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Different mechanisms underlie compulsive alcohol self-administration in male and female rats
Linköping University, Department of Biomedical and Clinical Sciences, Center for Social and Affective Neuroscience. Linköping University, Faculty of Medicine and Health Sciences.ORCID iD: 0000-0002-5147-6178
Linköping University, Department of Biomedical and Clinical Sciences, Center for Social and Affective Neuroscience. Linköping University, Faculty of Medicine and Health Sciences.
Univ Edinburgh, Scotland.
Univ Camerino, Italy.
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2024 (English)In: Biology of Sex Differences, ISSN 2042-6410, Vol. 15, no 1, article id 17Article in journal (Refereed) Published
Abstract [en]

BackgroundSex is an important factor in the progression and treatment of alcohol addiction, and therapeutic approaches may have to be tailored to potential sex differences. This highlights the importance of understanding sex differences in behaviors that reflect key elements of clinical alcohol addiction, such as continued use despite negative consequences ("compulsive use"). Studies in experimental animals can help provide an understanding of the role sex plays to influence these behaviors.MethodsLarge populations of genetically heterogeneous male and female Wistar rats were tested in an established model of compulsive alcohol self-administration, operationalized as alcohol responding despite contingent foot shock punishment. We also tested baseline (fixed ratio, unpunished) operant alcohol self-administration, motivation to self-administer alcohol (progressive ratio), and temporal discounting for alcohol reward. In search of predictors of compulsivity, animals were screened for novelty-induced place preference, anxiety-like behavior, pain sensitivity and corticosterone levels. The estrous cycle was monitored throughout the study.ResultsUnpunished self-administration of alcohol did not differ between males and females when alcohol intake was corrected for body weight. Overall, females showed higher levels of compulsive responding for alcohol. Compulsive response rates showed bimodal distributions in male but not in female rats when intermediate shock intensities were used (0.2 and 0.25 mA); at higher shock intensities, responding was uniformly suppressed in both males and females. We also found less steep discounting in females when alcohol was devalued by delaying its delivery. Males exhibited a stronger motivation to obtain alcohol under unpunished conditions, while females showed higher corticosterone levels at baseline. Factor analysis showed that an underlying dimension related to stress and pain predicted compulsivity in females, while compulsivity in males was predicted by a reward factor. We did not find differences in alcohol-related behaviors throughout the various stages of the estrous cycle.ConclusionsOur results suggest that mechanisms promoting compulsivity, a key feature of alcohol addiction, likely differ between males and females. This underscores the importance of considering sex as a biological variable in both preclinical and clinical research, and has potential treatment implications in alcohol addiction. Sex plays an important role in the progression and treatment of alcohol addiction. While men show a higher prevalence of alcohol addiction, women are more susceptible to the adverse effects of excessive alcohol consumption. Additionally, women often rely on heavy drinking as a maladaptive coping mechanism to alleviate stress and anxiety, driven by negative affect. On the other hand, men are more likely to report heavy drinking and relapse in response to positive emotions and social influences. These sex-based differences underline the importance of understanding how vulnerability to alcohol addiction and its treatment varies in males and females.We used genetically heterogeneous rats to explore the behavioral traits that contribute to compulsivity, a key clinical feature of alcohol addiction. We found that motivation to self-administer alcohol was higher in males, while females showed higher compulsive alcohol self-administration. In males, motivation to self-administer alcohol showed a significant correlation with compulsivity, while in females compulsivity was predicted by higher basal corticosterone levels.These findings underlie the importance of sex-specific factors in compulsive alcohol self-administration, with potential prevention and treatment implications in alcohol addiction. Male rats showed a higher motivation to obtain alcohol.Females showed higher levels of compulsive responding for alcohol and a less steep discounting when alcohol was devalued by delaying its delivery.In males compulsivity was predicted by a reward factor, while in females by stress-pain factors.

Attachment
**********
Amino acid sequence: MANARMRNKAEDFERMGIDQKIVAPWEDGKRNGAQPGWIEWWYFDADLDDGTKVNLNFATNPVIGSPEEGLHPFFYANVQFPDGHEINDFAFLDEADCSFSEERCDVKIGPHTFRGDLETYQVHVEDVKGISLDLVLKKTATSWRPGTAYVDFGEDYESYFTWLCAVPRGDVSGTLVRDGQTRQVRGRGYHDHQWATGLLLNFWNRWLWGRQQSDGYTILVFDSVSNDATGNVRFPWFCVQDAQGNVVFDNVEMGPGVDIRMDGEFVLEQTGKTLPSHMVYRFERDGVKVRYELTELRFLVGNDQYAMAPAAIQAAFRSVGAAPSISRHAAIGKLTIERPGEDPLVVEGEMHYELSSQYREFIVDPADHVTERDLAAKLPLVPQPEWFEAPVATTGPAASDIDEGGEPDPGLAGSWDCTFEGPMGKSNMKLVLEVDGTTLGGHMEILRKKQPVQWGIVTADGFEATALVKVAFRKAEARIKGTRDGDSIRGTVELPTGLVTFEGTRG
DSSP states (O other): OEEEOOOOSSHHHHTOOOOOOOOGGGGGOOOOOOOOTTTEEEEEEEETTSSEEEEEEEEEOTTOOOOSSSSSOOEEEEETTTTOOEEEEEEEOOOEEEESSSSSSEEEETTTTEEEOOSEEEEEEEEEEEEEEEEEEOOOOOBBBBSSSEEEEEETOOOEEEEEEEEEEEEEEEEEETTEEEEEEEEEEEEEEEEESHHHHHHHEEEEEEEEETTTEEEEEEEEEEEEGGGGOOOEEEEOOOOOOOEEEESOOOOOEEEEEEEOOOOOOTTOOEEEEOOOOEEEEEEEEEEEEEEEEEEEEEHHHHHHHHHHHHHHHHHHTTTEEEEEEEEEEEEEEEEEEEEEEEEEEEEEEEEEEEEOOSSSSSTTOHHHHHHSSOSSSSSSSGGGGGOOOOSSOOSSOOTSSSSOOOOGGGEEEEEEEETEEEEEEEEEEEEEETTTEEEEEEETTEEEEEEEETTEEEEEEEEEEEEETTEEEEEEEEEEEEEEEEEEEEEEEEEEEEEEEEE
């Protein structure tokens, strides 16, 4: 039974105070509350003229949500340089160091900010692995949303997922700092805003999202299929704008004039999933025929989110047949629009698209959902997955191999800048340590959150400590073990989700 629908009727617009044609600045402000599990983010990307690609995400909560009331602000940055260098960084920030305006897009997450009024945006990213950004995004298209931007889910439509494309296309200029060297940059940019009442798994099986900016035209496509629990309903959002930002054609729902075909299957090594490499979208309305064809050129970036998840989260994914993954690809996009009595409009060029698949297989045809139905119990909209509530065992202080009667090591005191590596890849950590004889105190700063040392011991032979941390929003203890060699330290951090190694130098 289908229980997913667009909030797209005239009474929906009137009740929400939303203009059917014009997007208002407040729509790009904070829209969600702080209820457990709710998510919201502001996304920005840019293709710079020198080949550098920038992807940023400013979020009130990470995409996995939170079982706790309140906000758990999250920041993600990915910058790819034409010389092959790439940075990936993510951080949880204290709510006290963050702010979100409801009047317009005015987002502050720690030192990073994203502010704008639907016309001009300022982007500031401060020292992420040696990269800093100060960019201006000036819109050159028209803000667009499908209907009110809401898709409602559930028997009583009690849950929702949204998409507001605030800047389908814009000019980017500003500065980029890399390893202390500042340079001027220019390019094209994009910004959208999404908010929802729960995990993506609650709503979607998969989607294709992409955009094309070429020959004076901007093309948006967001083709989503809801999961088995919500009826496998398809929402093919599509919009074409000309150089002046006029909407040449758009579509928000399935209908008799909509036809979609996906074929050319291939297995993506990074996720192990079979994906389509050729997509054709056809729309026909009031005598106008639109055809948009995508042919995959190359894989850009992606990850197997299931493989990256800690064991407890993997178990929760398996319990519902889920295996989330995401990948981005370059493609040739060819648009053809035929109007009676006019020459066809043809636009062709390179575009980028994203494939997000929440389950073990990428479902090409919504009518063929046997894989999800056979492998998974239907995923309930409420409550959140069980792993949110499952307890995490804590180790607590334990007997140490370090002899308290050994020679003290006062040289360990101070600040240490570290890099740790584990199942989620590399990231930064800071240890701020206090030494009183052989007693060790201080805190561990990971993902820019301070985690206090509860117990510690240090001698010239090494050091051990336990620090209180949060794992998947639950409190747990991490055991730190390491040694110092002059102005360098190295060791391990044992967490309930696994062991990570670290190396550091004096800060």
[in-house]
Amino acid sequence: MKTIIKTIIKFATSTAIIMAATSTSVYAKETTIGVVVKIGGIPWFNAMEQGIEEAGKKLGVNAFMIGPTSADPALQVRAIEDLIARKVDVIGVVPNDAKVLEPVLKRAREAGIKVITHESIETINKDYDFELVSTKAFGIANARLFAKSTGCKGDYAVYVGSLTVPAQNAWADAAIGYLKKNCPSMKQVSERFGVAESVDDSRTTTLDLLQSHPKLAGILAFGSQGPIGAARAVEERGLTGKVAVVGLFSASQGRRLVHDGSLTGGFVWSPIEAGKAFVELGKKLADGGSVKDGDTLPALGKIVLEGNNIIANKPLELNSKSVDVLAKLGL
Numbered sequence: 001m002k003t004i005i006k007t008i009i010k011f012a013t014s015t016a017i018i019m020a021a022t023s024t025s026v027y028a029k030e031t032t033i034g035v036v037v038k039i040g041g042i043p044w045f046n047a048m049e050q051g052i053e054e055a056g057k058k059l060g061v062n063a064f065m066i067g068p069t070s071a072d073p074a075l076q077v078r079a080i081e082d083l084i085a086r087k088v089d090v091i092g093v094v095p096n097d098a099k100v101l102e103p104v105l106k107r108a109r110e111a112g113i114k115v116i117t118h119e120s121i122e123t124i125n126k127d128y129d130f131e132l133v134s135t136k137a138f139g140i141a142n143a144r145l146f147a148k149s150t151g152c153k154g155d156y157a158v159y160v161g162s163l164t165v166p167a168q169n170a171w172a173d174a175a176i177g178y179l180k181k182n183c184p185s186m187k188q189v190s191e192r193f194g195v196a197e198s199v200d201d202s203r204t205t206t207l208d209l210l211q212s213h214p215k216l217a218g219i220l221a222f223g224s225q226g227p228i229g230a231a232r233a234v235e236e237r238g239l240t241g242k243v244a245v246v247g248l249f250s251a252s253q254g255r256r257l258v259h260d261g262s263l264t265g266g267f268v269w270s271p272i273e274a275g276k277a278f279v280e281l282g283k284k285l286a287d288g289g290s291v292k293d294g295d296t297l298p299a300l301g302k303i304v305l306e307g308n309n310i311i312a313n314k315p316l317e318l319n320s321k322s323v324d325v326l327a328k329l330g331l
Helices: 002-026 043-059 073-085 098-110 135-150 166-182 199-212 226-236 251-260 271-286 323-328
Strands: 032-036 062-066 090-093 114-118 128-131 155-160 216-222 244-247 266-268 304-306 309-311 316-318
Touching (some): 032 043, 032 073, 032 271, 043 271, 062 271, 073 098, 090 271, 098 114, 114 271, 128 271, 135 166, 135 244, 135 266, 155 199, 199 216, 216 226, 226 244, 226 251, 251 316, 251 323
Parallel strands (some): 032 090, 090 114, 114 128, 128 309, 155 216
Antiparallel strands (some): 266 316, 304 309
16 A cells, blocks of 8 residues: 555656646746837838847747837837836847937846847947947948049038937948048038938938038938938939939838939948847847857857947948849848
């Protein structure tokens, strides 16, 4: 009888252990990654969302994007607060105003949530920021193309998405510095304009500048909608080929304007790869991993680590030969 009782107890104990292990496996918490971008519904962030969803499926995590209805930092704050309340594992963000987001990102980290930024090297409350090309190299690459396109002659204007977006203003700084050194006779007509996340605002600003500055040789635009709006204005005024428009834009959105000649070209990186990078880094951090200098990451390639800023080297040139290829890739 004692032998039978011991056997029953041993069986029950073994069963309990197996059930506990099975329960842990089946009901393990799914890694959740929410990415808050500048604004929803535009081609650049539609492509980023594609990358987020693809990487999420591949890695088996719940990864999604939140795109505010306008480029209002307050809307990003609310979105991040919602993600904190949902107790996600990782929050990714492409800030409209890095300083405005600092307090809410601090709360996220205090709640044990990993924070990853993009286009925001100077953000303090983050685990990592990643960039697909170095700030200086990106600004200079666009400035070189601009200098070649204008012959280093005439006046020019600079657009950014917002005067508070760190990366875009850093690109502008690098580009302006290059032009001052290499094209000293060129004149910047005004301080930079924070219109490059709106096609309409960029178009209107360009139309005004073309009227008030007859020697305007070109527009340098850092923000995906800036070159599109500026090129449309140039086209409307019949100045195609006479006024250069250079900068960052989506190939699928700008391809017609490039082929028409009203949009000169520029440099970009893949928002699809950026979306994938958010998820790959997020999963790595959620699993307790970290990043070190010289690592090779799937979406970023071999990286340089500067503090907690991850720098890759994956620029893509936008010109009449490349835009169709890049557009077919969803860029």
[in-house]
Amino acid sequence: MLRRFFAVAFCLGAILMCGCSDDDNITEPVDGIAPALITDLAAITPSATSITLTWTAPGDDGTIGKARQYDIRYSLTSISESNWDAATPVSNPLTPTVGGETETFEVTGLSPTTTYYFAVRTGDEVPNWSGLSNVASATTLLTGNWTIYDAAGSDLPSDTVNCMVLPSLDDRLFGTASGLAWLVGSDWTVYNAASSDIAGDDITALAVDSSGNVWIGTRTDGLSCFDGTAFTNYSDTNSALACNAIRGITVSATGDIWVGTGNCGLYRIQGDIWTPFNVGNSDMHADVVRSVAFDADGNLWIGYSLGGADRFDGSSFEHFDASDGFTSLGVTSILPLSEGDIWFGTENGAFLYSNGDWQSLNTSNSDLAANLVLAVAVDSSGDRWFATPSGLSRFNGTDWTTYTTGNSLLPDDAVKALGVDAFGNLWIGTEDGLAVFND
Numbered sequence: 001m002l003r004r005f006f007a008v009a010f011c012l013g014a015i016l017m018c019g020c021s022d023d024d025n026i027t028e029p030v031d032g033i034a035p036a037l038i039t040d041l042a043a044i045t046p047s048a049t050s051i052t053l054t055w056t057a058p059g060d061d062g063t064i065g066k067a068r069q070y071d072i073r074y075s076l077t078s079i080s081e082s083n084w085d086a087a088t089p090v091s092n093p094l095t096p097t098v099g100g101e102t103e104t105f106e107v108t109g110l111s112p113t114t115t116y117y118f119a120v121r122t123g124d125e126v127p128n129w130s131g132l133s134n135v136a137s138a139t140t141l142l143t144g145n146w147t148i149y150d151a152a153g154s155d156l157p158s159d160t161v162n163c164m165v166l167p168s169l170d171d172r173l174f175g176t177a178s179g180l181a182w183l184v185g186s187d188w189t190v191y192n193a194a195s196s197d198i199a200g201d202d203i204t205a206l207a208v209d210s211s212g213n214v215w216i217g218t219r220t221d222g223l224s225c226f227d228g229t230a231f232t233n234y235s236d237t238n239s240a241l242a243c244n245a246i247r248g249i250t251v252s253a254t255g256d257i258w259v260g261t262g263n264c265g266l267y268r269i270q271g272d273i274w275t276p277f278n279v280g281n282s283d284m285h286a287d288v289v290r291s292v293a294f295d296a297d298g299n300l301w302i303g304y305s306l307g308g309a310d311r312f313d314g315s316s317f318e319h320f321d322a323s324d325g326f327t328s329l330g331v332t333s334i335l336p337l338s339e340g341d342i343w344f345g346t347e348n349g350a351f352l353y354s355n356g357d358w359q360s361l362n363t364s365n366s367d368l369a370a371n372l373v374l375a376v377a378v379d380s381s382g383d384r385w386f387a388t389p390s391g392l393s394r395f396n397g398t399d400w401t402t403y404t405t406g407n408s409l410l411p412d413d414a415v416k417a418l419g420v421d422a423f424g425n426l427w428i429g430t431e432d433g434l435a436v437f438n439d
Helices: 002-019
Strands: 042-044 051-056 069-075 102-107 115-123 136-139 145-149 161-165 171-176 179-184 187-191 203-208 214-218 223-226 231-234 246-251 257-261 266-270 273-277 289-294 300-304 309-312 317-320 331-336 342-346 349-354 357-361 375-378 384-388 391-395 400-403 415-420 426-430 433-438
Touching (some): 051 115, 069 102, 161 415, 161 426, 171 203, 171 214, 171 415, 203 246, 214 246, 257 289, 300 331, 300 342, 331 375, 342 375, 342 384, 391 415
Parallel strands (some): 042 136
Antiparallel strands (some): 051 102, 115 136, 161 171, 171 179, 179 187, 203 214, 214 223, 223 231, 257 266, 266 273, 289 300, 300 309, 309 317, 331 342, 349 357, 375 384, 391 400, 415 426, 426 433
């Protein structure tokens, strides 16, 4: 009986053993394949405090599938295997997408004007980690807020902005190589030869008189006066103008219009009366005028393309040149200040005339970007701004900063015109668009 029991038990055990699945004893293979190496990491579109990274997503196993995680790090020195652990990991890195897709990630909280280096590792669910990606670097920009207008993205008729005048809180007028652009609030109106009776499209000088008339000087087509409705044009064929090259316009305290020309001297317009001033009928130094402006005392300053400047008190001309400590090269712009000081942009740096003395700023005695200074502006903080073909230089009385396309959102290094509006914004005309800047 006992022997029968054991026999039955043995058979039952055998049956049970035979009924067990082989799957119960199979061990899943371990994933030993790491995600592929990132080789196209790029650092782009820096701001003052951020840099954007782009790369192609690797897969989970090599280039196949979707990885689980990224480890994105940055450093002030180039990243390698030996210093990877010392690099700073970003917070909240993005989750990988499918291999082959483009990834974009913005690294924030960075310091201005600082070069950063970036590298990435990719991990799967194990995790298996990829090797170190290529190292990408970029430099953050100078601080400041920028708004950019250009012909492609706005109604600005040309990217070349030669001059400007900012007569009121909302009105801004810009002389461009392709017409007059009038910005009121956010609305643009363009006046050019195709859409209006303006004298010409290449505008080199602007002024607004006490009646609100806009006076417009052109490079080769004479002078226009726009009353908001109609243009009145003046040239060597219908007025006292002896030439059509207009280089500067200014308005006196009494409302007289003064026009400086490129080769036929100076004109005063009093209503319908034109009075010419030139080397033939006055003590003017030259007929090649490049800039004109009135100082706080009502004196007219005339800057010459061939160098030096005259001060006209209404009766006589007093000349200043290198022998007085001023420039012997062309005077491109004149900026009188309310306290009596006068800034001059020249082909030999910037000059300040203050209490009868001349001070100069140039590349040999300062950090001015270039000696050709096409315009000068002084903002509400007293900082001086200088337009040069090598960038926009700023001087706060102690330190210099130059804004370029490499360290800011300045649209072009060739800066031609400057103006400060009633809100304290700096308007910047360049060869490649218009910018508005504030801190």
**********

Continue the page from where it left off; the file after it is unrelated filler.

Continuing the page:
Place, publisher, year, edition, pages
BMC , 2024. Vol. 15, no 1, article id 17
Keywords [en]
Sex differences; Alcohol; Compulsivity; Operant self-administration; Motivation; Stress
National Category
Cancer and Oncology
Identifiers
URN: urn:nbn:se:liu:diva-201315DOI: 10.1186/s13293-024-00592-5ISI: 001163768700001PubMedID: 38368341OAI: oai:DiVA.org:liu-201315DiVA, id: diva2:1842443
Note

Funding Agencies|Swedish Research Council

Available from: 2024-03-05 Created: 2024-03-05 Last updated: 2024-03-05

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Toivainen Eloff, SanneXu, LiCoppola, AndreaHeilig, MarkusDomi, Esi
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Center for Social and Affective NeuroscienceFaculty of Medicine and Health SciencesPsykiatriska kliniken i Linköping
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Biology of Sex Differences
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